Red flags are flying everywhere as we travel farther into the “sell in May and go away” period of the year.” At Wall Street Sector Selector, we remain in a defensive posture and continue to enjoy unrealized gains in our inverse ETF positions and put options.
The View From 35,000 Feet
Lots of exciting things are going on around us as we head into late spring.
Here’s just a quick executive summary with my thoughts in parenthesis:
1. United States will reach its debt ceiling limit on Monday. (This one is making markets really nervous as witnessed by Friday’s action. Everyone expects Congress to raise the ceiling but the Republican and Tea Party insistence on meaningful budget cuts first puts an unusual level of stress on this round of talks and turns it into a very high stakes game of chicken.
2. On Friday it was announced that Medicare and Social Security are in worse shape than previously thought and will be unable to cover their current obligations earlier than expected. Medicare is expected to be out of money by 2024, five years earlier than expected, Social Security will exhaust its trust by 2036 and the disability insurance program will be underwater by 2018. (No surprises here and this ties back to item #1 as it’s going to get ugly no matter what Congress does or doesn’t do.)
3. The commodity sell off continues as the dollar gains. (Much of the recent rally in commodities and equities was fuelled by the Fed easy money policy and weaker dollar. With QE2 coming to an end and a possibly stronger dollar ahead, this could be a game changer for “buy the dip” strategies in both asset classes.)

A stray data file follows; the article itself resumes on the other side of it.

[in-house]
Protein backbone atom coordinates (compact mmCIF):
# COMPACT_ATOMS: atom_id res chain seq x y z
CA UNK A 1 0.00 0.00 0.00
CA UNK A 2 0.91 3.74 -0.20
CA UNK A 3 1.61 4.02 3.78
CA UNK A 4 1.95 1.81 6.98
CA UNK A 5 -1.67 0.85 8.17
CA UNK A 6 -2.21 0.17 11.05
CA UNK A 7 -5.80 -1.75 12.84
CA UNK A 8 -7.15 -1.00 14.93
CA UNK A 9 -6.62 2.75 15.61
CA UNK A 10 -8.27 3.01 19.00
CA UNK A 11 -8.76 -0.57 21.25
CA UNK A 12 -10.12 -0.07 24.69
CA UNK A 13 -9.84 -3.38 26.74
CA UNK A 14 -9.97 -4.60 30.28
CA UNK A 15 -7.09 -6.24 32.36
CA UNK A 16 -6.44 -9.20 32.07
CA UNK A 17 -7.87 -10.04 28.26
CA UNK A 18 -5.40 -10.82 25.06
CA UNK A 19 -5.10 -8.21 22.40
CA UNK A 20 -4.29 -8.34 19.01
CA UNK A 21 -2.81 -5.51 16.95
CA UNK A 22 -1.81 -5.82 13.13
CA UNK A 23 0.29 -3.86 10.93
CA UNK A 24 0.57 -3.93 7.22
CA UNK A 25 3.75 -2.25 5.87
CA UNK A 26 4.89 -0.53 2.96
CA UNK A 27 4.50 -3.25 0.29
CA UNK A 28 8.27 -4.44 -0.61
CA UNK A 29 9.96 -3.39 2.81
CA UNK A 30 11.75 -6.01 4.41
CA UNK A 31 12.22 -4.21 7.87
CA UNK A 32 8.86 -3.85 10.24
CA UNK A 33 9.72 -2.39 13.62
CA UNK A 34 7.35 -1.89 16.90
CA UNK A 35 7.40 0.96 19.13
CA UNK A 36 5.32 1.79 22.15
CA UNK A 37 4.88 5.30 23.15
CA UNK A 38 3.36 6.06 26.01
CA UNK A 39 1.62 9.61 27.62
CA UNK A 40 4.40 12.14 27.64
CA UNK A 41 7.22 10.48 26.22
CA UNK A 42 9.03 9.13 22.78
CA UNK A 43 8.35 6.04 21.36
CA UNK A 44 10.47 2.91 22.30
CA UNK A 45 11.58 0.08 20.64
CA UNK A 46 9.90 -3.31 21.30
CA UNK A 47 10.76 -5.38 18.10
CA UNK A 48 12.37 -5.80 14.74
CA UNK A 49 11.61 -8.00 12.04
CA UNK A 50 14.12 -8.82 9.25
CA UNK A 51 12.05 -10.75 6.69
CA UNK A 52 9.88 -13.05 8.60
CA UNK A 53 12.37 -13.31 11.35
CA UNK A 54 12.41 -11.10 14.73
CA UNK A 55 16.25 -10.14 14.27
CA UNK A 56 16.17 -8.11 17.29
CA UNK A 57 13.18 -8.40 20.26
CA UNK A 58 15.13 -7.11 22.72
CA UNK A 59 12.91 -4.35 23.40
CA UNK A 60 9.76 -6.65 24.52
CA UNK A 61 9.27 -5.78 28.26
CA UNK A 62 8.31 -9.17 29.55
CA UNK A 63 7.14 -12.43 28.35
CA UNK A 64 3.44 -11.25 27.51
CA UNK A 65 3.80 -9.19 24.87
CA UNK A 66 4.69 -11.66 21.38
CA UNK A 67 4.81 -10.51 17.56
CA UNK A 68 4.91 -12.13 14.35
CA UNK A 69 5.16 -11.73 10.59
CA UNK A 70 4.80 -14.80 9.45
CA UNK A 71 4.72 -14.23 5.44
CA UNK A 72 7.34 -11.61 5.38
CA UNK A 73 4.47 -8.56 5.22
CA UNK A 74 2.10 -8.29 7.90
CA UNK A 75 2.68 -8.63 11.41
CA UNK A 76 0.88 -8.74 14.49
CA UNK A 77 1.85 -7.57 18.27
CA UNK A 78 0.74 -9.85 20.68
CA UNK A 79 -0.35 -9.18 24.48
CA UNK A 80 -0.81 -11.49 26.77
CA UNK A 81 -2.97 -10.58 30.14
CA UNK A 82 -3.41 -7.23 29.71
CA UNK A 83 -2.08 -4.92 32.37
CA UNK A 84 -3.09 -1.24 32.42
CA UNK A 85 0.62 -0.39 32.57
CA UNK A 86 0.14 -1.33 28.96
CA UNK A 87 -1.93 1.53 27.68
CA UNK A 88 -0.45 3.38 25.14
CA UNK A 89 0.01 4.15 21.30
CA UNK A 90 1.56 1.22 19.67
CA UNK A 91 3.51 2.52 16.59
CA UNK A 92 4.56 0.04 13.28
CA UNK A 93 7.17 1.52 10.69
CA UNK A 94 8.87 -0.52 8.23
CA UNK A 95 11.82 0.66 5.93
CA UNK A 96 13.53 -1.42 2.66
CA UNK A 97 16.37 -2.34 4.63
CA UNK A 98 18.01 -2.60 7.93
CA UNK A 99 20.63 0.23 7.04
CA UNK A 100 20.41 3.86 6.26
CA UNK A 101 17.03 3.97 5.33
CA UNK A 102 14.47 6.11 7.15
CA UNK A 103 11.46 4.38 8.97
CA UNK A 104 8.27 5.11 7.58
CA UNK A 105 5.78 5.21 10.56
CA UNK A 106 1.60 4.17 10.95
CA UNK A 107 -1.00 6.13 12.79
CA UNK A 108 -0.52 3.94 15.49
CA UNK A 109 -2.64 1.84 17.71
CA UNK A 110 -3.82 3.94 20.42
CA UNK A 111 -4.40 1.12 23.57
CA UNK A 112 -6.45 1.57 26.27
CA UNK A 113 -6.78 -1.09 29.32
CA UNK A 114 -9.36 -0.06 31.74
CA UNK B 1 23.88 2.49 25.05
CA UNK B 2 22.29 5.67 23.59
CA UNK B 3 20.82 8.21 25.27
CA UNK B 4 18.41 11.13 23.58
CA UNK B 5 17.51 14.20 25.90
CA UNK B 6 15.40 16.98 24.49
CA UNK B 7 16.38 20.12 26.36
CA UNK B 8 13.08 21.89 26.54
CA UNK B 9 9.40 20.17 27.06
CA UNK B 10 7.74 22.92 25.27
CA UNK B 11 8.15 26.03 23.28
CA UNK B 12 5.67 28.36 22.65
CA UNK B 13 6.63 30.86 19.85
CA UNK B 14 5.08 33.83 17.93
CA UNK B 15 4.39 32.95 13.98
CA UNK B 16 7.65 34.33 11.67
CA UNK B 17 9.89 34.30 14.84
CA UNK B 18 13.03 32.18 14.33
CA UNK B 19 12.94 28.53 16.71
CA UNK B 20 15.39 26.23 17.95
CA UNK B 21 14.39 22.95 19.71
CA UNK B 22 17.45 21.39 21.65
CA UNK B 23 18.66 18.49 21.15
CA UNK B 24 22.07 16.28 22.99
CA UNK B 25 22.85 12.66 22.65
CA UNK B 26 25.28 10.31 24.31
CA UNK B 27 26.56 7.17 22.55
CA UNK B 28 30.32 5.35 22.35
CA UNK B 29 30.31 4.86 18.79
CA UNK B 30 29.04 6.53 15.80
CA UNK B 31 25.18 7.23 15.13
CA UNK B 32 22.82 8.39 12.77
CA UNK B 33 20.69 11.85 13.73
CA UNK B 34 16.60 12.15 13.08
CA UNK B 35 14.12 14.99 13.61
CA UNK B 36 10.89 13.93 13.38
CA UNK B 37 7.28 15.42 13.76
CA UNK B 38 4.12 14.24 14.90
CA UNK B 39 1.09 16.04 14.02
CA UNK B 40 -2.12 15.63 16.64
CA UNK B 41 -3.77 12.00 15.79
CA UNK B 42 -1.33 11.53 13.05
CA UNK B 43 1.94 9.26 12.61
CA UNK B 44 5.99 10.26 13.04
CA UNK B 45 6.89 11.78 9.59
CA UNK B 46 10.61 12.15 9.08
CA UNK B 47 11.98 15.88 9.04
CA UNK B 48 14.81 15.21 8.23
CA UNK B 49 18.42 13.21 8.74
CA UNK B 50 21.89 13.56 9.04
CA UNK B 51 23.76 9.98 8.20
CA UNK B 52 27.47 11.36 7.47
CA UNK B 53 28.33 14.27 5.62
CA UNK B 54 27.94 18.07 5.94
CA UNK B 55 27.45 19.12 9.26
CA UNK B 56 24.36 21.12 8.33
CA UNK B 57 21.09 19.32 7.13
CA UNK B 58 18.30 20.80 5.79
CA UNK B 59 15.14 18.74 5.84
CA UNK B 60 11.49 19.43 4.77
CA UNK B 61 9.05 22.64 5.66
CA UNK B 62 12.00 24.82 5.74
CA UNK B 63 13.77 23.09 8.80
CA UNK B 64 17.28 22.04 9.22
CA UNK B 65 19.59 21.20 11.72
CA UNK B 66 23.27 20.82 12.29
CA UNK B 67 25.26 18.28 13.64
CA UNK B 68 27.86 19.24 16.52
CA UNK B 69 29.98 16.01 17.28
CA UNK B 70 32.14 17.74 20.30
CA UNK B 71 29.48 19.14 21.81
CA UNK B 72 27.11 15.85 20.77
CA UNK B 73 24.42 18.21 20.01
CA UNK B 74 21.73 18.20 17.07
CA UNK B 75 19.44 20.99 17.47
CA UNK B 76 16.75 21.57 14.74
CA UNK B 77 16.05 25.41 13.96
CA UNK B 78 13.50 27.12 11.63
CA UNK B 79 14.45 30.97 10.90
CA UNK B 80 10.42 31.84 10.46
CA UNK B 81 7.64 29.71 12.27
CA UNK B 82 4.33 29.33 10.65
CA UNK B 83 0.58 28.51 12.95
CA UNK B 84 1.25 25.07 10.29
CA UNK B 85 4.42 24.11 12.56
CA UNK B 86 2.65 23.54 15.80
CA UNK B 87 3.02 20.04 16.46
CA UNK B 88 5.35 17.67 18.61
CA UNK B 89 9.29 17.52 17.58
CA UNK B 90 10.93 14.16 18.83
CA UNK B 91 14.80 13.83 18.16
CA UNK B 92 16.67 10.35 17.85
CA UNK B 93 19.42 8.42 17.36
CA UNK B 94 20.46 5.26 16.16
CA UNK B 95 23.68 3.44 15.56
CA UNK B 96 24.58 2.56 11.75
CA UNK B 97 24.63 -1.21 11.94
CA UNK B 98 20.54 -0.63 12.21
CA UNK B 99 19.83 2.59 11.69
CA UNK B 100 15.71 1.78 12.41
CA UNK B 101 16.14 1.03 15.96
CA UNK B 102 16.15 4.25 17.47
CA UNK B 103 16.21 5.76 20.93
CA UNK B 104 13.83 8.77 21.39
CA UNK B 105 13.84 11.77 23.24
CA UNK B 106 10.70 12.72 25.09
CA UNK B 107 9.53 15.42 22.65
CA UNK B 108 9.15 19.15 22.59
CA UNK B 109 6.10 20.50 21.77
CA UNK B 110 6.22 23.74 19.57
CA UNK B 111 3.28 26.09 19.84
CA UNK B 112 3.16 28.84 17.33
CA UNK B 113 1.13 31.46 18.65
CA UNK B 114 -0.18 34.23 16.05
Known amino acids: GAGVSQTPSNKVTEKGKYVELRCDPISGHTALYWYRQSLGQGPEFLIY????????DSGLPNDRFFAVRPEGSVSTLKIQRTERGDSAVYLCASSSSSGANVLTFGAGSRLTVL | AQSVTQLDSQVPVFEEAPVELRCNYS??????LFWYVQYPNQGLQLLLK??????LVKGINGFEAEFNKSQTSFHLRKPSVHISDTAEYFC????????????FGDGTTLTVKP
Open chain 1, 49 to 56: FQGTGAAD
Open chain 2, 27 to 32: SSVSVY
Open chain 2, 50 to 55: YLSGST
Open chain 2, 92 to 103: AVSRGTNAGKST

4. There has been a significant rotation into “defensive” sectors like utilities and consumer stocks. (This typically indicates money leaving “risk” assets and often portends market declines)
As I mentioned at the outset, “sell in May” is a proven, valid slogan because statistically the months from the end of October through the end of April, are in fact the best months of the year for investing while the six months from May through October are the “worst.”
Finally for the week, one of the most sobering reports that received wide coverage in the blogosphere and mainstream media was the announcement by well known and widely respected analyst Jeremy Grantham who said that the market is currently 40% overvalued which would relate to 920 on the S&P 500 and that the current environment was too high risk for a prudent investor.
Positive: Initial unemployment claims declined, continuing claims were mostly flat, and Michigan Consumer Sentiment rose to 72.4 from 69.8
Negative: Consumer prices and producer prices both rose substantially, indicating that inflation might be coming back more into the picture (we have been expecting this for sometime) and retail sales, although posting a gain, came in lower than the previous month’s report and below expectations, indicating ongoing weakness in the all important consumer sector.
What This All Means To You